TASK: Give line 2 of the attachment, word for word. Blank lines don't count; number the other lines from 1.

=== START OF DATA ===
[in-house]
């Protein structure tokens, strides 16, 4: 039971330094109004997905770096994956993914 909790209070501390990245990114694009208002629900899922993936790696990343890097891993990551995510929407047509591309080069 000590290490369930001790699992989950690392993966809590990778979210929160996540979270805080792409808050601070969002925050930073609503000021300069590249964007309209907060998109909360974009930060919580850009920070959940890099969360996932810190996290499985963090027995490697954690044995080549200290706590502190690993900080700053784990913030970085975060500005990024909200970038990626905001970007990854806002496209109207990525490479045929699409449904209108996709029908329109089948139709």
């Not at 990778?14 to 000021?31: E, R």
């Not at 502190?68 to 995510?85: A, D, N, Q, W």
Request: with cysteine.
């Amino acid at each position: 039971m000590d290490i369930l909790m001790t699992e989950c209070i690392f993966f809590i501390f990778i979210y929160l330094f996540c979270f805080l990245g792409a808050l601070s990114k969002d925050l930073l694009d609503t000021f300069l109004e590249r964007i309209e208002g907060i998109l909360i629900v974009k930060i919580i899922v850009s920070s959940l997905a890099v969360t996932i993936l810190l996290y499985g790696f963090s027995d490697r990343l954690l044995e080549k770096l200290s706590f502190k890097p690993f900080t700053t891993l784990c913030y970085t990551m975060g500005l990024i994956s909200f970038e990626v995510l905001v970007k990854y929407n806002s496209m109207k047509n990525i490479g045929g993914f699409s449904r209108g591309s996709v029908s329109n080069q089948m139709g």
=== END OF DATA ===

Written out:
């Protein structure tokens, strides 16, 4: 039971330094109004997905770096994956993914 909790209070501390990245990114694009208002629900899922993936790696990343890097891993990551995510929407047509591309080069 000590290490369930001790699992989950690392993966809590990778979210929160996540979270805080792409808050601070969002925050930073609503000021300069590249964007309209907060998109909360974009930060919580850009920070959940890099969360996932810190996290499985963090027995490697954690044995080549200290706590502190690993900080700053784990913030970085975060500005990024909200970038990626905001970007990854806002496209109207990525490479045929699409449904209108996709029908329109089948139709």